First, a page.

• tl;dr Lose weight and fix Type 2 diabetes and reduce risk by a factor of 20. Will we actually need boosters for the whole population?

          The other things everyone over 40 can do for themselves to protect against serious or severe disease is to lose weight to a BMI below 30 and reduce Type =2 diabetes (T2D) through lifestyle (exercise) & diet (significantly reducing processed carbohydrates).
          Those two factors are almost certainly going to be more significant than a booster over the medium term (2+ years) in disease reduction. This is an excellent wrap up of the Impact of overlapping risks of type 2 diabetes and obesity on coronavirus disease severity in the United States. Note this study was prior to vaccination.

          Regarding hospitalization risk scores, compared with those for hospitalization risk score 0 and critical care risk score 0, hazard ratios [95% confidence intervals] were 19.034 [10.470–34.600] and 55.803 [12.761–244.015] (P < 0.001) (P < 0.001), respectively, for risk score 4. Complications from diabetes and obesity increased hospitalization and critical care risks for COVID-19 patients.

          Risk score calculation.

          Relationship between increased risk factors and hospitalization and critical care due to COVID-19. The score calculation includes age ≥ 65 years, male sex, diabetes, and obesity with a BMI of ≥ 30 kg/m2, with each one scoring one point and resulting in a maximum of four points.

          Hazard ratios of 19 and 55 for hospitalisation and critical care if you have a risk score of 4 – over 65, male obesity and T2D.

          We need to fix this before we mandate boosters without serious evaluation of the risk reward tradeoff.

        • Good article, sadly the politicians will not follow the science on this and will give everyone boosters as they can’t admit they were wrong.

  2. I don’t see how “daily cases will peak at 4500 by mid-December and hospital admissions will peak late December” when Sydney is only 4-6 weeks ahead in the vaccination curve (at most) – and already seeing cases declining from peak.

    What makes Victoria think that their experience will be different to NSW?

    The Victorian numbers are already starting to taper and REFF rates are well down from 2-3 weeks ago – with the majority of the virus duplication happening in 3-4 LGA’s across a whole state.

    Pump enough vaccine into those LGA’s (which they are planning to do on a similar scale to Sydney) and suddenly you get the same results as Sydney too.

    I personally think the whole daily cases at 4500 is nothing more than a scare campaign – because even if it does happen, the majority will be double doses and unlikely to put a significant strain on our health systems anyway (given as you mentioned only 1% of current hospital admissions for COVID in Victoria are fully vaccinated).

    Remember that time the modellers said that Sydney would be having 20,000 cases a day by now – they were wrong too.

    • Ee Zed Eff Kaye Ay

      Models are only as good as their assumptions. Why isn’t the NSW experience plugged into the models? Given the NSW experience, one must deduce that the Victorian peak will be early to mid October and will probably follow the same trajectory. All of the opening up is somewhat similar to NSW, the only real different factor is weather, but even that is 4-6 weeks behind Sydney.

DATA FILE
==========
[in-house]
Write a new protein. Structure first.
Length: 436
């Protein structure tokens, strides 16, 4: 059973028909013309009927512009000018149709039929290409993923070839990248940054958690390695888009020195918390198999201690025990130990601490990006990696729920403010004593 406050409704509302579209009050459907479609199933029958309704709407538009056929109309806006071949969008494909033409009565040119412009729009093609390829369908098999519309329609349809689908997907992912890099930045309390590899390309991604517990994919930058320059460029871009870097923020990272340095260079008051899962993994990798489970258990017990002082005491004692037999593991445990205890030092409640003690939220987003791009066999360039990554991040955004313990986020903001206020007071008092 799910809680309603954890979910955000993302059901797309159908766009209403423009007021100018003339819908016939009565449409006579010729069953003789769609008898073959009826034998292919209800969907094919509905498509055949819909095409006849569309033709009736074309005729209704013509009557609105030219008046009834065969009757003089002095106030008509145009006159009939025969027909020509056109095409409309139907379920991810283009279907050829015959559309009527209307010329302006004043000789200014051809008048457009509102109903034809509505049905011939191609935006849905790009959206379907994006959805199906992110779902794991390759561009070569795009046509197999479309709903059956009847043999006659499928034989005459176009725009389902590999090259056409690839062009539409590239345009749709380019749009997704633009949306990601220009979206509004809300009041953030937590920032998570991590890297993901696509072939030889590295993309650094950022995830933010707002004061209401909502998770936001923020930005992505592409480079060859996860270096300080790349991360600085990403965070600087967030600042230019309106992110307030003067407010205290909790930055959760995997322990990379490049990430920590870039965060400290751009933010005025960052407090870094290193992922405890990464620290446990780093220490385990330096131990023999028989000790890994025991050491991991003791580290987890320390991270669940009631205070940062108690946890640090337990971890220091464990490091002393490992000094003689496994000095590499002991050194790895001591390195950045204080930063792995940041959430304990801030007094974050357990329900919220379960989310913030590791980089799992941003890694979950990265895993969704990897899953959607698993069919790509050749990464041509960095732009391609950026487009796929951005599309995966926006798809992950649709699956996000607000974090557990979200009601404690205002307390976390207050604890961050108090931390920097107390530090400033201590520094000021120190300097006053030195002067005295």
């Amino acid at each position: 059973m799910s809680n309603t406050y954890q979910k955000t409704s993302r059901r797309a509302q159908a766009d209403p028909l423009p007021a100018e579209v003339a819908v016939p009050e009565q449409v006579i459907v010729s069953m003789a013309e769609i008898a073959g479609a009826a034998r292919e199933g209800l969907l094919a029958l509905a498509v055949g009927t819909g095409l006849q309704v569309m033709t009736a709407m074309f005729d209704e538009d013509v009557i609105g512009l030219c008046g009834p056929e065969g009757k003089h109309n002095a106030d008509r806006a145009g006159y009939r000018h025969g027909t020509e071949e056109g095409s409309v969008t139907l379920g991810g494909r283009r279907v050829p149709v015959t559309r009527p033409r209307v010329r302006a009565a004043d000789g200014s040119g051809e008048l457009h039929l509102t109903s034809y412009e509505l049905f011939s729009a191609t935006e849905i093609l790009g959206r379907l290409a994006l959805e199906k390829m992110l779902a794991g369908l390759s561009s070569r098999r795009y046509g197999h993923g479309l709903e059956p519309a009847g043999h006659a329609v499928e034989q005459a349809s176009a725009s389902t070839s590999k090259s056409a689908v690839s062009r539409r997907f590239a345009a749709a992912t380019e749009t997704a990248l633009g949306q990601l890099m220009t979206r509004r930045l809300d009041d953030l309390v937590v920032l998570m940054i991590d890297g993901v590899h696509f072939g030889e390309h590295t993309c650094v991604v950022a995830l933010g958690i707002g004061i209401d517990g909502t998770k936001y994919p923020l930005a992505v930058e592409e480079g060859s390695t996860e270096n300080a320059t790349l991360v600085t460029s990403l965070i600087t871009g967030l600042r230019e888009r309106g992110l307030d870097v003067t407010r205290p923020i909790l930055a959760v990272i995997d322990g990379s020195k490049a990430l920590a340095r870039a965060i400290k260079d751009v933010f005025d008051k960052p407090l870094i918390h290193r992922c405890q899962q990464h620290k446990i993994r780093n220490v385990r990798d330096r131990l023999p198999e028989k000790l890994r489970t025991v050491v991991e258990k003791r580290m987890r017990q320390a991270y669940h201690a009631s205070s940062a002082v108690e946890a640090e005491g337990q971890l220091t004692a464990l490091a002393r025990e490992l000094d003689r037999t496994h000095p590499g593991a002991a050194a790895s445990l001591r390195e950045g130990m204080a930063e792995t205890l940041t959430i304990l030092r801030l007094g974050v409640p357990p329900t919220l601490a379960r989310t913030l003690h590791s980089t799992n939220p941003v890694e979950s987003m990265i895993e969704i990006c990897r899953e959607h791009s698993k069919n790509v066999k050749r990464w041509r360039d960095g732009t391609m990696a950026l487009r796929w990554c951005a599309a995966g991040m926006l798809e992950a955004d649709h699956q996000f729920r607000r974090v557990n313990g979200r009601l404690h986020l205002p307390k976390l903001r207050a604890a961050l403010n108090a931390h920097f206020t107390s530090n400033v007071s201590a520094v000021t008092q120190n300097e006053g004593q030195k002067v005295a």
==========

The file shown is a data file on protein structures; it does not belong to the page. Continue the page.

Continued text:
• I find a lot of the “scare tactic” models are someone simply getting a trend of numbers and putting it into a calculator to create an exponential curve to create a huge headline. The curve would only make sense if there was no vaccine, and no lockdown.

        What we know impacts on the curves are the following:
        – Lockdowns (or increases to restrictions) impact the curve on a 2-3 week lag
        – Vaccines impact the curve on a 2-3 week lag (as they take between 14-21 to be fully effective)

        So what we are now witnessing with Sydney is the effectiveness of vaccines and lockdowns limiting new cases – and many of the new cases which will emerge over the next month will be much less likely to end up in hospital.

        If I was a betting man (which I’m not unless you count $500 punts on small caps on the ASX) – I would dare suggest that NSW hospital admissions and ICU will peak in the next 3 weeks, and for VIC it will probably be in the next 6 weeks.

        This is why Andrews is waiting 6 weeks to reopen most things – because why else would you reopen if you were planning to have hospitals on their knees and at maximum capacity in December anyway (remembering all the Christmas parties that lead to drunken antics and increased car accidents through more travel).

        Just my opinion though.

    • they were wrong too
      How so? You do realise that the daily testing limits are about up to ~140k? So, that is the biggest statistical sample they can process.
      There are over 8 million people in NSW, which is about 60 times more. Many infected folks stay clear from testing (evident from recent deaths,
      tested positive post mortem).

      • ” Many infected folks stay clear from testing (evident from recent deaths tested positive post mortem). ”

        If people are not willing to help themselves – why should this be a concern of the government?

        For those people who apparently died in the home without ever being tested I think it needs to be made clear:
        – They made a deliberate choice not to get tested. There are places to get tested everywhere. It is free.